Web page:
Old Moon

Friday, February 27, 2009

The Uses of Fiction Redux

The older I get (and to quote Wallace Stegner, "I get pretty old") the more I appreciate the resilience and courage of the young. Did we ever have those qualities to the degree we see in youth today? Thinking back on some of our hard times, illnesses, loss, and at least some privation, I realize we probably did. Why then is it so difficult to accept difficulties when they come upon our children? There is a blog with the title of "Canswercolumn.blogspot.com" Thanks to Glenda, I looked at what is an inspiring, albeit melancholy, read.

I've just finished reading Bailey White's Quite a Year for Plums. (I seem to get around to books rather slowly--this was published in 1998.) The string of what amount to vignettes about some unusual people in a very small and specific place makes the reader view their everyday lives as if through the wrong end of binoculars. Everything that happens, and nothing dramatic in the usual sense does, despite the clarity of its detail, seems to be happening so far away that it's hard to associate it with reality. When you reach the end of the book, however, the effects begin to take hold on your memory. They provide an antidote to some of the grand and awful affairs that are threatening to drown us all.

I have to view this as another validation for creative writing.

Thursday, February 19, 2009

You Don't Have to Get in Line for On Line Reading

My publisher has introduced me to some blogs and websites entirely new to me. [Take a look at www.epicauthors.com]. A propos of my request for a time frame for the release of my second novel in paper, she let me know that my concerns over how to publicize an e-book and its potential readership are misplaced. She scolded me for not using my blog to promote my books. It remains to be seen whether Maiden Run, due on line in March can pull in a few more readers than Settling has since it hit the Net a couple of years ago.

More than one blog has hosted discussions on the question of whether a book that must be read on a computer, Kindle, Mobipocket, iPhone, Blackberry, or what have you is really a book. The consensus has been negative. An argument for the convenience of carrying your reading material in something that will fit into your pocket without the weight of one or more packages of paper seems valid. It must be a boon for travelers. It does seem to me, though, that you have to factor in the cost of the device (in the hundreds of dollars) against the (compared to paper) small charge for downloading a book. It's likely that figured in units (like the weight or measure for your groceries) that expense might be easy to justify.

Then there's the question of how easily you can read pages of text and whether photographs or other illustrations are satisfactorily displayed. If you're reading, say, a book about hunting in the Rockies, you're going to care about how the Bighorn Sheep look and you won't want to miss the incredible scenery.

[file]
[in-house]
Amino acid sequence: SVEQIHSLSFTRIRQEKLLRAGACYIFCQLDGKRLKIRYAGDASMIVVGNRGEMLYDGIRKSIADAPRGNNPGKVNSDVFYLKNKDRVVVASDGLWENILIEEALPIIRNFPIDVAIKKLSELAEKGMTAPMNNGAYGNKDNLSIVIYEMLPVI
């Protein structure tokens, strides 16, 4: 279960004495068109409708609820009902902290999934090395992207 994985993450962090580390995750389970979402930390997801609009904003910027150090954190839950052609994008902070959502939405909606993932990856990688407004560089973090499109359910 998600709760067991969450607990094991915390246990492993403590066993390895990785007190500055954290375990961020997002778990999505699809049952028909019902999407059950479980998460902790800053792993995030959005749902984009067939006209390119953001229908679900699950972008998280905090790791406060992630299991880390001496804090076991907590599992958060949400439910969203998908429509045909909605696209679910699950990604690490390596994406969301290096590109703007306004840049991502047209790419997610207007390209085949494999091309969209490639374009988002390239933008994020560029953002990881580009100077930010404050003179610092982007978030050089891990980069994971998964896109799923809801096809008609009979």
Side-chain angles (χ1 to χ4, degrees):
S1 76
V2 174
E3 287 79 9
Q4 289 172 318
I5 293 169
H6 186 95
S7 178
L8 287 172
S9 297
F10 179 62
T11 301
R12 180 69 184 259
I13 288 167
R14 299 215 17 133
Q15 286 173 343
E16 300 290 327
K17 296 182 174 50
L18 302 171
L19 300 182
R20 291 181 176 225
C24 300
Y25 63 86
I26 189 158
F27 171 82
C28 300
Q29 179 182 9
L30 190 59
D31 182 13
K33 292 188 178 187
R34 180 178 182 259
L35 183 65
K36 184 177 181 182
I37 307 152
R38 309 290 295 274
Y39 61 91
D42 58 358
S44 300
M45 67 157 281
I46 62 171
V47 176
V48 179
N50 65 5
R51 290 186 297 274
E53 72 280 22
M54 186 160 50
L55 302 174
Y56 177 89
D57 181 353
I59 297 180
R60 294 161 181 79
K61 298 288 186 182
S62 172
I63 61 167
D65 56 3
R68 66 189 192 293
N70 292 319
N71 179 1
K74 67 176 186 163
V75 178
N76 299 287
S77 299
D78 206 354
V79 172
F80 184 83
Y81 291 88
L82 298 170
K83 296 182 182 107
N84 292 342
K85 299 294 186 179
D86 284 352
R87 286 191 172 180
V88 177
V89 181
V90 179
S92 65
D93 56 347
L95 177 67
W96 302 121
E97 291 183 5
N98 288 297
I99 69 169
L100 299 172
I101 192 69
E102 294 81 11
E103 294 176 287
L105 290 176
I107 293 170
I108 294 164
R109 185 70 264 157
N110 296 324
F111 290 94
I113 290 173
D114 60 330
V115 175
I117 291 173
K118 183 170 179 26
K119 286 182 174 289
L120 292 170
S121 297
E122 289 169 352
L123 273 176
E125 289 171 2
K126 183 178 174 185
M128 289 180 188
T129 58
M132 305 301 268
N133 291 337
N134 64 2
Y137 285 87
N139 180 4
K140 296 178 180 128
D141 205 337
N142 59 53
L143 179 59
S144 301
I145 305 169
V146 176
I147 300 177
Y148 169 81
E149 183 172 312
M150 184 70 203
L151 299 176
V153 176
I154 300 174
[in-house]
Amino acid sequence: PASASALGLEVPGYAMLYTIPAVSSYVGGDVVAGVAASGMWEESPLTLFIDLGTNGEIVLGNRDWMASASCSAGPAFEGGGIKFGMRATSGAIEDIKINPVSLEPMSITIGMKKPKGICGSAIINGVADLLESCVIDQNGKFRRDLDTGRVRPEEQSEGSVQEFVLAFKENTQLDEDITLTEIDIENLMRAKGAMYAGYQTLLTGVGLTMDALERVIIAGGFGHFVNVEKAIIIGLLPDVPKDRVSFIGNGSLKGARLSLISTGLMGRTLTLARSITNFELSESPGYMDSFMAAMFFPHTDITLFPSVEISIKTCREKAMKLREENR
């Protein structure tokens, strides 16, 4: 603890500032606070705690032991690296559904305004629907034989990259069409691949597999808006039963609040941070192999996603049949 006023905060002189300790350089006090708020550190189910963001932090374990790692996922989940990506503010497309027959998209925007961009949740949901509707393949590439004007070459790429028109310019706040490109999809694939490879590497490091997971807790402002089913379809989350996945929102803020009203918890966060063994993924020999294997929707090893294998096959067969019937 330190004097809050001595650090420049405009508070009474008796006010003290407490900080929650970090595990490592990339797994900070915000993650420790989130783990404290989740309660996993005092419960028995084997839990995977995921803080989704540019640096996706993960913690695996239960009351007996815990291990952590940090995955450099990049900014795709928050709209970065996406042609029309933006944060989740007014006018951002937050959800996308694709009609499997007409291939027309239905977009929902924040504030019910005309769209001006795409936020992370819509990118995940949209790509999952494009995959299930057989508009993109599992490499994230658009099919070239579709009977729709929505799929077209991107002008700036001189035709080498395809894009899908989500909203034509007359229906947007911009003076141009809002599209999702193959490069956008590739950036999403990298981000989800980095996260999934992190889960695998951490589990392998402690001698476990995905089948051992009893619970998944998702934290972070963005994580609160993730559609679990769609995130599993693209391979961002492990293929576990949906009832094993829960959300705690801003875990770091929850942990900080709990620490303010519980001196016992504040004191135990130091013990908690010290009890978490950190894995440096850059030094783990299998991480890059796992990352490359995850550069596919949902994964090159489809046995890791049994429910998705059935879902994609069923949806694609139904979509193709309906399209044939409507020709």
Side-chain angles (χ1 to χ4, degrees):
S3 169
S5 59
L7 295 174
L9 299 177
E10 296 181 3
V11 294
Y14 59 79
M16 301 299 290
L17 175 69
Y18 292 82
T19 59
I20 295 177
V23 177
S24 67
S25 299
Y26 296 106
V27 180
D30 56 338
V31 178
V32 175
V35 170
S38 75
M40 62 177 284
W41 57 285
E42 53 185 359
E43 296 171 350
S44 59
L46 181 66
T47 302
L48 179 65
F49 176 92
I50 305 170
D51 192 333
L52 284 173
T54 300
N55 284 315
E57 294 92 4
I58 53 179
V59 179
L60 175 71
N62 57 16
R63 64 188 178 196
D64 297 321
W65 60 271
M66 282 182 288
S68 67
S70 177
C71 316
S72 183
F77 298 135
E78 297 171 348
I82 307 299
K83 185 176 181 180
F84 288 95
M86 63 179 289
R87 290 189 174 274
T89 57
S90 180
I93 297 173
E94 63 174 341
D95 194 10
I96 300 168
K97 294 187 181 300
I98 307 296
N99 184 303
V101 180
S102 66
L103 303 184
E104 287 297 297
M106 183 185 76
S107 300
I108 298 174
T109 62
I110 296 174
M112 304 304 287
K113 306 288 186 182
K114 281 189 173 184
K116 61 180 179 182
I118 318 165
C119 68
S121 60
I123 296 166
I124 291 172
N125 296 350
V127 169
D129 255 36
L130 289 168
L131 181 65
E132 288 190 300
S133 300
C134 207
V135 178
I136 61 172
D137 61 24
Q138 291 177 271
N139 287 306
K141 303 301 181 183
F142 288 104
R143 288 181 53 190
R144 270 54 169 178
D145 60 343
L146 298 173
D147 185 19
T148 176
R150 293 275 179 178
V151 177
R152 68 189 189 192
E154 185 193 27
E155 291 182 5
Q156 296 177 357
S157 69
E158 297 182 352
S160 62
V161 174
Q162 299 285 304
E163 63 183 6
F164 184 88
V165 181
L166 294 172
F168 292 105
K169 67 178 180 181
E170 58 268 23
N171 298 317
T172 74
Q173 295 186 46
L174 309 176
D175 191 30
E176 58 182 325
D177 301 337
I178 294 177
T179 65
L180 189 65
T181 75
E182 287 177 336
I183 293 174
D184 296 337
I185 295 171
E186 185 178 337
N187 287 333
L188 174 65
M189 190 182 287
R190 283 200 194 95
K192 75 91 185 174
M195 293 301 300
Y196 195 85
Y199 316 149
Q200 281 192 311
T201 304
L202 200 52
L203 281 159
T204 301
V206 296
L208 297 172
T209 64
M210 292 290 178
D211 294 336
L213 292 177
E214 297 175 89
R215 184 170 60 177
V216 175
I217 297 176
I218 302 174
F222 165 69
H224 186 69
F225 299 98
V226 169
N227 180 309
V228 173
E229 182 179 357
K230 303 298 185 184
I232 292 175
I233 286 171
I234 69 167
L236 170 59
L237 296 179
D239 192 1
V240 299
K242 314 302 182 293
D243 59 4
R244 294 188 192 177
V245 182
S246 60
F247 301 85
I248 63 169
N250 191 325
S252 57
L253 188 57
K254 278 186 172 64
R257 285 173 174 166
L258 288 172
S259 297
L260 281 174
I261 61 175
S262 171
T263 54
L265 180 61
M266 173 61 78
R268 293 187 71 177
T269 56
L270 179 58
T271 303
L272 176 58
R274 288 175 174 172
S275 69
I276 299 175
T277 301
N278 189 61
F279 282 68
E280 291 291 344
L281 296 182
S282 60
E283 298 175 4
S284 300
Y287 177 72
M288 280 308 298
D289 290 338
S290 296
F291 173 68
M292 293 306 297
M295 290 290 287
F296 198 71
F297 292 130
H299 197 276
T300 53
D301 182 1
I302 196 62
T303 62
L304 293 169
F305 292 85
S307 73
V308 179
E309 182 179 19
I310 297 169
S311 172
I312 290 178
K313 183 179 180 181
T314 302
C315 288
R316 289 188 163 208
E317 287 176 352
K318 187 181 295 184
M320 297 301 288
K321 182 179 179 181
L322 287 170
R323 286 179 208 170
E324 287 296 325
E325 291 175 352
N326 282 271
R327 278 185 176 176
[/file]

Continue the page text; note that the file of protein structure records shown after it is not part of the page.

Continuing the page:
There isn't going to be an easy answer to this debate, or a conclusion any time soon, I'm sure. I'd like to take this opportunity to give a "heads up" to you up-to-date readers and writers about the growing on-line reading opportunities, and ask fiction readers to look out for Maiden Run -- and don't forget that Settling is available on line too from www.WriteWordsInc.com and Amazon, among others like Fictionwise, Coffeetime, All Romance ebooks.

Monday, February 9, 2009

Inspiration or Demoralization?

I'm reading one of John Updike's later books Seek My Face . It's almost a treatise on Art (with a capital A) as well as a penetrating revelation of a woman's inner world as an artist herself and as the wife of an artist, as a member of her socio-economic class and of her time and place. So many layers with so many resonances that it's a little like reading a textbook, even while falling into the space and time of the telling. What a writer Updike was!

Imagine a novel that manages to recall and analyze modern art from the Great Depression up to the present. He doesn't even confine himself to the US. I do wonder whether a reader with no familiarity with the famous names of the period (he uses interesting made-up names for a number of characters, while mentioning Picasso and Manet, Miro and Dali and some others) would understand some of his critiques of lesser-known artists. The thing that amazes me is that it doesn't matter. If you never heard of Gorki, you still get the picture not only of how his work looked, but how an outstanding art critic saw it. The interweaving of art criticism and character delineation is astounding. You keep thinking you're going to be bored any minute, but I couldn't stop reading.

It's hard to decide whether books like this make a would-be writer throw up her hands in despair and quit, or knuckle down to try all over again. I'd love to hear how others react...